Visual economics, or what virtual currencies have to do with real neighbors.
By Maria Popova
Money makes the world go ’round. Or so the saying goes. Whether or not that’s true, money does go around the world, wrapping it in an invisible web of socioeconomic and geopolitical patterns.
Northwestern University grad students Daniel Grady and Christian Thiemann are on a mission to visualize these patterns. Their project Follow the Money investigates the structure of large-scale communities in the US through the prism of how money travels. Using data from the popular bill-tracking website Where’s George?, the team identified geographically compact communities based on how much currency is changing hands within them as opposed to between them.
This may sound like dry statistical uninterestingness, but the video visualization of the results is rather eye-opening, revealing how money — not state borders, not political maps, not ethnic clusters — is the real cartographer drawing our cultural geography.
When we made the video, we wanted to produce something that anybody could watch and understand what was happening, but at the same time we didn’t want to have to dumb down any of the ideas.” ~ Daniel Grady
But as cash nears extinction in the age of plastic and electronic transations, we’d be curious to see a visualization of payment networks in all the forms and formats today’s money lives in — physical, electronic, and even virtual currencies like Facebook’s AceBucks, World of Warcraft’s gold, or Second Life’s Linden dollars.
How to exorcise your indiscretions, or what art from the 80’s has to do with modern guilt.
By Maria Popova
In 1980, conceptual artist Allan Bridge began his Apology Line project — a telephone hotline, where anonymous callers could unburden themselves from their guilty confessions on an answering machine. Two decades before PostSecret and a quarter century before We Feel Fine, the project pioneered crowdsourced layman voyeurism and went on to collect hundreds of daily confessions for over fifteen years. It was featured in the most groundbreaking cultural commentaries of the day, from an article in then-toddler Wired to an early episode of This American Life.
Though Bridge’s original tape anthology, The Apology Line: Uncut Gems From Year Zero (1980-1981), is long lost in the analog ether, after a few hours of relentless poking around the intertubes, we were able to uncover the only surviving digitized recording of the project, which you can download for your listening pleasure. Uncomfortably honest, sometimes funny and often shocking, these anonymous confessions offer a raw slice of human complexity, with all its tortured tribulations and daily dramas.
But something much richer than a digital recording is taking the project’s legacy into the present era.
In 2007, UK filmmaker duo James Lee and William Bridges revived The Apology Line, launching it across the UK and inviting Britons via posters, flyers and newspaper articles to call the anonymous line and unload whatever is weighing them down. They then made a short documentary about it, which went on to grain critical acclaim across the film festival circuit, showing at Sundance and Cannes in 2008 and being awarded at the Prix UIP Best European Short Film at the Cork International Film Festival.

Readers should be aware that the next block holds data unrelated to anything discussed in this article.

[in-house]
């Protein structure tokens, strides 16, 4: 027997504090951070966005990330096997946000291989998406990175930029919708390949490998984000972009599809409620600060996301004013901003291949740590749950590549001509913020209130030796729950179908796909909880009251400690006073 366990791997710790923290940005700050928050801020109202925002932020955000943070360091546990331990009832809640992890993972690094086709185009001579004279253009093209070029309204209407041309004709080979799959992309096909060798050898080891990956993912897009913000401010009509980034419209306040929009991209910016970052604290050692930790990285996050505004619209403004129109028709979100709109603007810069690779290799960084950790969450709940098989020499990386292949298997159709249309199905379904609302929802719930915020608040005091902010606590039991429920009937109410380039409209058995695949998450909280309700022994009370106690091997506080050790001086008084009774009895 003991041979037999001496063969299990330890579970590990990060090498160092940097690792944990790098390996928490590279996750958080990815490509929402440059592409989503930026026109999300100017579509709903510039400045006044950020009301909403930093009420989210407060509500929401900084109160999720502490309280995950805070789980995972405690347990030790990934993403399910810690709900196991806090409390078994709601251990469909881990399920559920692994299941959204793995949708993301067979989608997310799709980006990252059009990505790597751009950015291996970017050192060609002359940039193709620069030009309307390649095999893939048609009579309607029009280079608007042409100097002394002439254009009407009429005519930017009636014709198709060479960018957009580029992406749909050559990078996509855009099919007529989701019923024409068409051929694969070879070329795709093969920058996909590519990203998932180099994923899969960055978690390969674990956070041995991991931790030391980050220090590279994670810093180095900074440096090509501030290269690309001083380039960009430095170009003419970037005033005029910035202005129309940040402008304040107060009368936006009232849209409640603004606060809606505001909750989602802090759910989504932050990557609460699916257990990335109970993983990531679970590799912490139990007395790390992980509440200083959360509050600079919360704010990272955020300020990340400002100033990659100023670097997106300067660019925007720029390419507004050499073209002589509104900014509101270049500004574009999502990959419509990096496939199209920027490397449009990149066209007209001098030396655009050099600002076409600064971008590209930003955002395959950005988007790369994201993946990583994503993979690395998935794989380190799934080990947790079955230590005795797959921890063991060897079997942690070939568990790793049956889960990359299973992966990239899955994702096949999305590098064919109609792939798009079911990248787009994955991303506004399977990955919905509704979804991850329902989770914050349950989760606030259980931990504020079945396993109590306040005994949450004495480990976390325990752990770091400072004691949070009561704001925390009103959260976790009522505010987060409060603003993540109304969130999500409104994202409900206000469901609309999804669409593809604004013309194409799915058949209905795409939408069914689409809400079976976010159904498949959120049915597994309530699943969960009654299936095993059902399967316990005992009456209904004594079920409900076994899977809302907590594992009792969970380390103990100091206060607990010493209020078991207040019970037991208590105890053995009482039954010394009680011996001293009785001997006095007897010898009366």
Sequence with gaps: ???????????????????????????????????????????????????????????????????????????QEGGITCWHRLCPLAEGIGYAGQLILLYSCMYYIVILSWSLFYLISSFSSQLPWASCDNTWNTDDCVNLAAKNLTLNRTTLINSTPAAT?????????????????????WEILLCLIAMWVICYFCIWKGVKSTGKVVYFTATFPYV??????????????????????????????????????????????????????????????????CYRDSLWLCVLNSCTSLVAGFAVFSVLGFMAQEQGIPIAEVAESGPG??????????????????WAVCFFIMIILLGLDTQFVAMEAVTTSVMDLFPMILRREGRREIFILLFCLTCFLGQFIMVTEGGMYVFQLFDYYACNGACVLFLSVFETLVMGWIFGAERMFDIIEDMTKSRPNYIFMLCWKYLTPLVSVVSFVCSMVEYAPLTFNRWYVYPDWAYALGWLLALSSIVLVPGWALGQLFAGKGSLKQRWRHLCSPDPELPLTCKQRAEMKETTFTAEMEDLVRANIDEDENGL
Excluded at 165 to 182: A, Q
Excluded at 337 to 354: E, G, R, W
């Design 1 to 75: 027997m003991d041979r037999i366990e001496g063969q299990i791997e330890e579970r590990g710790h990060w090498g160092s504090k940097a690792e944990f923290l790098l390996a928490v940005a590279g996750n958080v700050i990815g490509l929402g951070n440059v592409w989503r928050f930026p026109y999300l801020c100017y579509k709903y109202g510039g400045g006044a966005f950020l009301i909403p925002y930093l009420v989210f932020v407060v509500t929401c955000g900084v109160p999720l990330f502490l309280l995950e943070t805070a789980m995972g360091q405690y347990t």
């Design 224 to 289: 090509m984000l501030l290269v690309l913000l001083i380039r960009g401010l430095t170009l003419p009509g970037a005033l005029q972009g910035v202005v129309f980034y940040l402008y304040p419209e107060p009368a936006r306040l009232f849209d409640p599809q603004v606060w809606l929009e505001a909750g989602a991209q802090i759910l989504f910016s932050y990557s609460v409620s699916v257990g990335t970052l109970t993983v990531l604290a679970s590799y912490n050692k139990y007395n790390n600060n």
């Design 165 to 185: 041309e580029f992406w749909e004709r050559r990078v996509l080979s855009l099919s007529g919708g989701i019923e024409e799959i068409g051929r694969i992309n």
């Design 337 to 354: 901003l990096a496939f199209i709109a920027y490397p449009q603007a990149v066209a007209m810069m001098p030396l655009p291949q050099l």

Now, the team behind The Apology Line is using Kickstarter (which we so love) to bring the project to the US. Their goal is to collect confessions from Americans all over the country, eventually unleashing an art exhibition beginning in New York and traveling all over America.
You can pledge anything from $5 to $100 and help create an avenue where we can safely scratch the itch of guilt for lunching on someone else’s sandwich in the office fridge and telling grandma you’re abstaining until marriage. In exchange, you’ll get a varying magnitude of voyeurism fixes with randomly selected apologies from stranger.
Go ahead, microfund the apologetic exorcism of guilt. You won’t be sorry.
137 years of human curiosity, or what lawnmowers have to do with nuclear detectives in China.
By Len Kendall
Thousands of magazines have stuffed our mailboxes and collected dust on our coffee tables over the years, but very few have captivated the attention of geeks and dreamers as long as Popular Science.
A hundred and thirty-seven years ago, Edward L. Youmans founded the publication to help bring scientific knowledge to the educated layman. Topics ranged the scientific gamut from the birth of electricity to the mystery of the brain. In addition to staff writers, our modern world of science has been covered by the likes of Alexander Graham Bell, Thomas Edison, T.H. Huxley, and Louis Pasteur.
Luckily for historians and the ever-curious, Popular Science has teamed up with Google to archive all 137 years of the magazine. (You may remember Google’s groundbreaking similar partnership with LIFE Magazine in late 2008.) Not only is this spectacular treasure of information free, but it’s available in original format — which means that besides enjoying antique articles about human-powered flying machines, you can also enjoy the advertisements of eras past. (Cigarettes, whiskey and riding lawnmowers seem to populate the 60’s.)